Hey Kezar & Om, I said in my day I would of hit someone. Obviously in todays sensitive culture, hitting someone would get you tossed out. If the umpires are gonna allow the chanting, yeah, an eye for an eye! As for your claims of hypocraisy, I could care less about what you think. I’m 100% Buc and would do anything to see them get a fair shake. I stand by my record! I was on 6 teams (football & baseball) during my days at Bal. I appeared in 5 championship games and won 3 and loss 2 my senior year by 1 point each. I went to the Univ. of Washington (football schlolarship) and root for them in the same manor. I think I know a thing or two about competing. I’m all about doing whatever its takes to win! If I see the other team getting away with something that gives them an advantage, I’m definately gonna let my kids know. Now, lets drop this and move on! Unfortunately old school thoughts don’t permeate in todays culture! Thats why I don’t coach, I might yell at a player and some parent would say I’m bullying the kids! Now, shut up and come out with the Lowell parents and root for Bal Saturday! Oh excuse me, Shut Up is too harsh, I meant “Be Quiet! LOL!

          • Ric Bussey | May 4, 2012 at 1:21 PM |

            I do want to say one thing. This is a great website! Thank you SF Whenever you need a donation or support, let me know!!!!!!!

          • Kezar for Keeps | May 4, 2012 at 1:22 PM |

            Ah, I knew you would come with this old school glory days nonsense. Your eye for an eye explanation is childish. I’m glad you don’t coach. Our kids deserve better.

          • I am sorry that it wasn’t clear that I *disagreed* with with Kezar, perhaps my humor was just too dry.

            What I meant was there are some people who are just permanently disappointed in others, and you can’t do anything about it, so I really wouldn’t sweat what kezar says.

          • Thomas J. | May 4, 2012 at 11:51 PM |

            Im all for old school baseball and I also think the world has gotten a bit too soft. But why does the cheering of Lowell bother you but that of Balboa’s doesn’t? If your down to do whatever it takes to win, which is the mindset of most competitive atheletes, you should be ok with the teams cheering. It may give them energy that allows them to play better or at least think they’ll play better. It may even get to the opposing pitchers head and cause him to make a few more mistakes thus increasing ones chances to win. Your points seem to come out of your backside and hypocrisy is pretty immature.
            Otherwise, great game from both teams. VERY clean defenses and only a few walks. Props to the coaches for teaching great fundamentals. Lowell probably hit the ball better in this one but the Bal coach managed to position his players pretty well turning a few shots into long flyouts.

            • WCAL Alum | May 5, 2012 at 7:11 AM |

              Baseball chatter is as old as the game itself. Sitting on the bench or on the field chatter keeps kids in the game. It should be part of game.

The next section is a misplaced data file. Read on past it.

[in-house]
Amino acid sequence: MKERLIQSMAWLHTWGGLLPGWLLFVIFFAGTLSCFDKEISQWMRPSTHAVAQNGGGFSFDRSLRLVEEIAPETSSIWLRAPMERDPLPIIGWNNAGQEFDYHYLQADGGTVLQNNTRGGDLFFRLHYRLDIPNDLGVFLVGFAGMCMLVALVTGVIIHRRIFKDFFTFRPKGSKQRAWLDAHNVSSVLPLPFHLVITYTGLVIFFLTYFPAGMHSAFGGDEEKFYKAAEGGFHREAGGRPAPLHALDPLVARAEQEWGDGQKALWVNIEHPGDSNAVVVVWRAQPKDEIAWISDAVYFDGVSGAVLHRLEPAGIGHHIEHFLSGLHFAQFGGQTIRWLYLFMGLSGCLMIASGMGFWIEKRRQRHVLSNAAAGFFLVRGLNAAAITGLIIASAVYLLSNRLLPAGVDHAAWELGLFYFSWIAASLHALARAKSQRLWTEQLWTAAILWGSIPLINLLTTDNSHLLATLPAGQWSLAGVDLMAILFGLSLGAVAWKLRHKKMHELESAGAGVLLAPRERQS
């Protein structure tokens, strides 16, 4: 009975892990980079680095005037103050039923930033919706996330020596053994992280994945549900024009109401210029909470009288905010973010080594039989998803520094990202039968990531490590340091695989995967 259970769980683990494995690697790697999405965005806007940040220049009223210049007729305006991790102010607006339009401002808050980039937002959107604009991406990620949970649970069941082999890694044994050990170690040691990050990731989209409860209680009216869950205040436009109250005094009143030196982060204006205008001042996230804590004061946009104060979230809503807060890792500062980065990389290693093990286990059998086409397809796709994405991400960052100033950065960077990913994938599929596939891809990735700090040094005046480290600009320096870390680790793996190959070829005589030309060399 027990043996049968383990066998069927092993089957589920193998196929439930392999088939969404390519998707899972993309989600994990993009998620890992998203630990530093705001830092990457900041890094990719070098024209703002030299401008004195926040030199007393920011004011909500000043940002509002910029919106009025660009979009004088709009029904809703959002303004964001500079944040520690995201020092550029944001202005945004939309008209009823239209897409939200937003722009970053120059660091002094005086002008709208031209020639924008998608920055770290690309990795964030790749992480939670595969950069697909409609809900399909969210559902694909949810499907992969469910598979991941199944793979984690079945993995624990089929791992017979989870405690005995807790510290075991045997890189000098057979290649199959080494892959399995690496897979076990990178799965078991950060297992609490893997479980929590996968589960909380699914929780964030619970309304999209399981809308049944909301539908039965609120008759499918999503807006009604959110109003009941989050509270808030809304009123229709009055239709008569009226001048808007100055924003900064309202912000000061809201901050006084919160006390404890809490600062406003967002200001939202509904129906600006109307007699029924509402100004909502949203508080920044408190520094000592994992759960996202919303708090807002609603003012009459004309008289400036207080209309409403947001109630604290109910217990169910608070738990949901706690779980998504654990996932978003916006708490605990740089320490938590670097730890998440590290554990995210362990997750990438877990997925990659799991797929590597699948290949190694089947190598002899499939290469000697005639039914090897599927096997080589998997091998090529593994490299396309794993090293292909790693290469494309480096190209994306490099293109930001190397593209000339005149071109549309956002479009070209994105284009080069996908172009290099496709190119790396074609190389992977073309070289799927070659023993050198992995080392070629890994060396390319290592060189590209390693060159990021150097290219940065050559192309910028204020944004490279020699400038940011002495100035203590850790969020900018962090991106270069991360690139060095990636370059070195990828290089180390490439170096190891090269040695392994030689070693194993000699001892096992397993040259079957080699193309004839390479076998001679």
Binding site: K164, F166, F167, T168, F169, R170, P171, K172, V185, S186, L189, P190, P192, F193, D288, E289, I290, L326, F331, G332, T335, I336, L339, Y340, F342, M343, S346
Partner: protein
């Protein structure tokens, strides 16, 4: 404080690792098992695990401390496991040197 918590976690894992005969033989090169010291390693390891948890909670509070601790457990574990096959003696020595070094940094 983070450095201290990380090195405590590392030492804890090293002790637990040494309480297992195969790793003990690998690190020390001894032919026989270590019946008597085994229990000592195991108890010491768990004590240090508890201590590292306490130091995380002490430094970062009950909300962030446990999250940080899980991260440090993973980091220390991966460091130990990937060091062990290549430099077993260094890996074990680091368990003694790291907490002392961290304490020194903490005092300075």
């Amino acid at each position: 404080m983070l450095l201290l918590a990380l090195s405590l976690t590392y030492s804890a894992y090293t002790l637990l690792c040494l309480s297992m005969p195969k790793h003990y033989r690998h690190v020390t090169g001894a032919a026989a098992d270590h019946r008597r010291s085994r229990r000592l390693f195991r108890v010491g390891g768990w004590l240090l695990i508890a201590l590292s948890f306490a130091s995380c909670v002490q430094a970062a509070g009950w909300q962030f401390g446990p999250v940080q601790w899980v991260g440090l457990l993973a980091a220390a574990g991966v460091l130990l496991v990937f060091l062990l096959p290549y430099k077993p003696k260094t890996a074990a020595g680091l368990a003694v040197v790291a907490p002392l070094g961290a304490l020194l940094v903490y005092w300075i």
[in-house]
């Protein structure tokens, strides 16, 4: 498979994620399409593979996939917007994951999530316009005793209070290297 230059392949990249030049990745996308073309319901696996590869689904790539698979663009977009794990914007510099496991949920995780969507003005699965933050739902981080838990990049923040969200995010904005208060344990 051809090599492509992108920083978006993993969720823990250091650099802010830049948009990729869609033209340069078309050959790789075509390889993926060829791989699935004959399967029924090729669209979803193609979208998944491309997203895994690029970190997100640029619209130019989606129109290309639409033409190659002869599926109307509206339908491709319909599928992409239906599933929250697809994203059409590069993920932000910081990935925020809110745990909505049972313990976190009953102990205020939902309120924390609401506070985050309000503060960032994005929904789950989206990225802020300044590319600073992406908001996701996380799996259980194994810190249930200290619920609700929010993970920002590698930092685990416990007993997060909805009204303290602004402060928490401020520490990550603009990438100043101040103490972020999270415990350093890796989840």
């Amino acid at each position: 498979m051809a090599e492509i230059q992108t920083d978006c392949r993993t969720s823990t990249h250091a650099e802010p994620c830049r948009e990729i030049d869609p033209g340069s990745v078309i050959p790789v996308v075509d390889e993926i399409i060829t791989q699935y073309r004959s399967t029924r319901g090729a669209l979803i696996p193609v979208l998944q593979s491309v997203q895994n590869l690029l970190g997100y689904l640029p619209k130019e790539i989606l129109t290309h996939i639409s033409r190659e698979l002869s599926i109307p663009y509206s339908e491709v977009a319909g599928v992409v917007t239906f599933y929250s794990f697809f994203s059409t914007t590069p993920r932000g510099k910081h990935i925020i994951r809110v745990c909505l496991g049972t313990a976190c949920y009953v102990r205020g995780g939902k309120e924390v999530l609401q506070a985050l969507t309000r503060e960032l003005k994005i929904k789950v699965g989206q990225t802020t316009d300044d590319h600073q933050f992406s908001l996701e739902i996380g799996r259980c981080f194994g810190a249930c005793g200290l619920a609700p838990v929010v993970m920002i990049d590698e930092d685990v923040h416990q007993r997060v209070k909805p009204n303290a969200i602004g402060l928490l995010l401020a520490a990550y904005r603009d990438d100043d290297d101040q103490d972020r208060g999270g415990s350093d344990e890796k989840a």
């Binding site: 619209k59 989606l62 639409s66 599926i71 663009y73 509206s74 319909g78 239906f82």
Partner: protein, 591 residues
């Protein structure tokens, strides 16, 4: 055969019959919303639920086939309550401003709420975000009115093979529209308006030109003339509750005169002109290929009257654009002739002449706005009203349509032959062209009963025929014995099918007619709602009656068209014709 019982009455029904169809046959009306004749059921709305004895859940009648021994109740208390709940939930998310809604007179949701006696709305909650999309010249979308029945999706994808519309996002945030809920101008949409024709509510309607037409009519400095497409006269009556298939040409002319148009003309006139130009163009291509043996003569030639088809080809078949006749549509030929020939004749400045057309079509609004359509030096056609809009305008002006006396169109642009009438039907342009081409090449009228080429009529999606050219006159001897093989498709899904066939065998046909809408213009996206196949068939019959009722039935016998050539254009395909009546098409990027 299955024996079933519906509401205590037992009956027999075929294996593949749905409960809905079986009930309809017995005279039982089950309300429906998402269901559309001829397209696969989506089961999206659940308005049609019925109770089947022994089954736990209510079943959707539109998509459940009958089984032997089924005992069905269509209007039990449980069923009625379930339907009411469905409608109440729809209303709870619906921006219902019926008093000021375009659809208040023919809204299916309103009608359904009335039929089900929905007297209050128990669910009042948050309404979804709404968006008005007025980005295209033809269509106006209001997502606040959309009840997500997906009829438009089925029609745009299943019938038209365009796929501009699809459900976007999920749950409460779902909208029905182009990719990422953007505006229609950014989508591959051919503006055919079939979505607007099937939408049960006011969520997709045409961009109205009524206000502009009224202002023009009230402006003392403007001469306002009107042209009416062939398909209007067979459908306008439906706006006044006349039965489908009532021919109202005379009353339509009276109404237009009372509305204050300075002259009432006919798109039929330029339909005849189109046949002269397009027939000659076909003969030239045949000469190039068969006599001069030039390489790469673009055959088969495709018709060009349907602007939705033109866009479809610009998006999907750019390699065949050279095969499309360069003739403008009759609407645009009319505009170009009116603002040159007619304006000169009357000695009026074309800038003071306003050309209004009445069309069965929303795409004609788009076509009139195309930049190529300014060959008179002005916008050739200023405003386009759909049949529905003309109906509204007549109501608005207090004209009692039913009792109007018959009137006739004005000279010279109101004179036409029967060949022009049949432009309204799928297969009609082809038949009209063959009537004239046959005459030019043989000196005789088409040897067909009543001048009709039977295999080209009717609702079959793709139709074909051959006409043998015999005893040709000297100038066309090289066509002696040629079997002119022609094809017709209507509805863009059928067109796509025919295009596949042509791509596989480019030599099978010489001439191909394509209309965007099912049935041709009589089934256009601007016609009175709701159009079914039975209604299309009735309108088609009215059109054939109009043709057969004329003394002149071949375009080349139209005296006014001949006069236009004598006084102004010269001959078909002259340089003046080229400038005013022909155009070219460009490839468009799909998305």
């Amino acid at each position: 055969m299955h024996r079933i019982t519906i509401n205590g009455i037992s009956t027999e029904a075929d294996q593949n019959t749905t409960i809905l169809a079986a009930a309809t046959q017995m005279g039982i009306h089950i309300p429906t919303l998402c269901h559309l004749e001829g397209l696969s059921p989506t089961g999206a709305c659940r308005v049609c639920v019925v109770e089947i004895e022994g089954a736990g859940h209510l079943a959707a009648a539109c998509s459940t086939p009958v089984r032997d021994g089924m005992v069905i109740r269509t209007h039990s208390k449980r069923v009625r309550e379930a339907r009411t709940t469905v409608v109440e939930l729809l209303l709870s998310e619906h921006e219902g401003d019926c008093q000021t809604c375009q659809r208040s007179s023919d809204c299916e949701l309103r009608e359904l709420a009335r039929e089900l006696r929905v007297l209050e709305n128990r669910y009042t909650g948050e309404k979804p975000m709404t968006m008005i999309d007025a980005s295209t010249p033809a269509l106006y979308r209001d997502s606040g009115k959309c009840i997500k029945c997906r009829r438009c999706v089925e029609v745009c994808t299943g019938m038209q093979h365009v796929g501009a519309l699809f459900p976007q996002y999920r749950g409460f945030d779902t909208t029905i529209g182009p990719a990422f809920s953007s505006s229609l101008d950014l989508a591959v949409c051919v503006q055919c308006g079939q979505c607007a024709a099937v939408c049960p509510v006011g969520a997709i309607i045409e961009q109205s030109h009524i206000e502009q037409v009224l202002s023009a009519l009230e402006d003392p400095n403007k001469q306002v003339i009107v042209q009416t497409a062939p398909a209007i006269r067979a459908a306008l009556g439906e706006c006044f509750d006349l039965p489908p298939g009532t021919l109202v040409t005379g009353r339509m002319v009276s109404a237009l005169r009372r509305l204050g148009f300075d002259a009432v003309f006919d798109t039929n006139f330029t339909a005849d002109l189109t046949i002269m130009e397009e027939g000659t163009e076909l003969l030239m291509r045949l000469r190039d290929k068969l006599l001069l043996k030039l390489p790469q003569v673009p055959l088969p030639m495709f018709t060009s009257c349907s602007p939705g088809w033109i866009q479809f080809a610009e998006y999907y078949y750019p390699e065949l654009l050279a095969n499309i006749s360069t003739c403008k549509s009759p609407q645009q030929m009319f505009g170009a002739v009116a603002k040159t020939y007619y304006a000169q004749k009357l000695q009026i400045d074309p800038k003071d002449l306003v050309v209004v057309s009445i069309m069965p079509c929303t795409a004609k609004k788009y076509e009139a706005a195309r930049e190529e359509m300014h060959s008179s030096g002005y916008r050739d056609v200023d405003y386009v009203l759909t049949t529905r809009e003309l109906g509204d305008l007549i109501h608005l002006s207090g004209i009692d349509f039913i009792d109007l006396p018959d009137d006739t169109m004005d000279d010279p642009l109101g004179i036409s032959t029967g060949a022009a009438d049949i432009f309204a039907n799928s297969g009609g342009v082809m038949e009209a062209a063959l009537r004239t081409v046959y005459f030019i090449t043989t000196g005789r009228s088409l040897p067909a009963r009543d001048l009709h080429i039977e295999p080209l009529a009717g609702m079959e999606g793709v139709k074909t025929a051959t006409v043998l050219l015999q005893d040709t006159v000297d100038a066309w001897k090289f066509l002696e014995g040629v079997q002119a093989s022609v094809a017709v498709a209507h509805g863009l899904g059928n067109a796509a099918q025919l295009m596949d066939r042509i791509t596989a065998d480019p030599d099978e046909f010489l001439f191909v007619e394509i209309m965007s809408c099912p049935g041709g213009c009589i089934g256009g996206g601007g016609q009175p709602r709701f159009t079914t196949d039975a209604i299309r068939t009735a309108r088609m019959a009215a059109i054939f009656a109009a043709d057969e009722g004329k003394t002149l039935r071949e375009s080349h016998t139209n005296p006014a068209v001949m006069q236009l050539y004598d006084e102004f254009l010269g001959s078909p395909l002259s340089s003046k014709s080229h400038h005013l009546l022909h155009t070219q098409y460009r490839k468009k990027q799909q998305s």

The point is the type of chatter that is displayed by Lowell is somewhat annoying. It’s hardly comprehensible. It really sound like birds at SF Zoo before feeding time.

              Dont get me wrong, a quality program with an extremely respectible coaching staff. Maybe someone from old school can teach em was is proper.

              • Play Sacred Heart… those guys are dead quiet (sometimes so are their bats).

  3. Haven’t commented much since the end of basketball….but was curious what people think of the mercy rule?

    I understand the rule in theory and you want to avoid 30-0 scores or something. But sometimes, isn’t good for teams to just play through the entire game? Can anyone with knowledge of HS baseball (and softball) explain this a bit for me?

    Football doesn’t have a mercy rule as far as I know. Basketball does have one but it’s only if you have a 40 point lead by the 4th quarter and the clock runs regardless of whistles, but the game gets played.

    • ARHS Stats | May 4, 2012 at 1:39 AM |

      There is a mercy rule for Football, also

    • ARHS Stats | May 4, 2012 at 1:47 AM |

      Football Mercy Rule

      During the 1st three quarters, by mutual agreement of the opposing coaches and the referee, a “running clock” may be used if the point differential between the two teams reaches 35 or more;
      If at the start of the 4TH QUARTER or at any time during the 4TH QUARTER, the point differential is 35 or more points, a running clock shall be used for the remainder of the contest;
      Once the “running clock” is in effect during the 4th quarter, it shall remain in effect for the balance of the contest, even if the team that is behind subsequently scores to make the deficit less than 35 points

      NOTE: this is not the entire rule

    • WCAL Alum | May 4, 2012 at 6:28 AM |

      I may be corrected but my understanding is NFHS allows for mercy rules and it up to the respective leagues. THe basketball one is 40 pts in 4th quarter (running clock). Football too has one and I believe its 40 pts in fourth quarter. H.S. baseball is 10 runs after 5 innings and the AAA enforces that one, while WCAL does not. Those 20/30 run games in AAA are not going any longer than 5 innings. Personally after 15 runs, I would have my kids practice bunting or at least go base to base.

      • ARHS Stats | May 4, 2012 at 1:06 PM |

        Basketball and Football Mercy Rules are for the entire state. When the margin of the lead gets to the designated points in the the fourth quarter, the Mercy rule is invoked and is started by the time keeper.

        During Basketball Games, the referees will talk to the Time Keeper before the 4th quarter starts.

        During Football Games, the referee will talk to the Time Keeper before the game starts and explain how the Mercy Rule works.

        At Riordan home football games the Time Keeper has a copy of the Mercy Rule in the Press Box with him. So he can see when to stop the clock and start it when the Mercy Rule is invoked.

    • I once covered a football game in Southern California that was ended at halftime because the score was out of hand. I don’t remember the exact situation, because it was a long time ago.

  4. Mitchell Oster | May 4, 2012 at 6:23 AM |

    Football has an informal mercy rule. If it’s getting out of hand, the leading team will usually offer to the official and other coach to run the clock during the second half. Game ends quickly.

  5. Great job Alex….So proud of you

  6. Anthony Auerbach | May 5, 2012 at 12:09 AM |

    Great win Balboa.

  7. Susy Scarpone | May 5, 2012 at 7:04 PM |

    How impressive, Alex!!!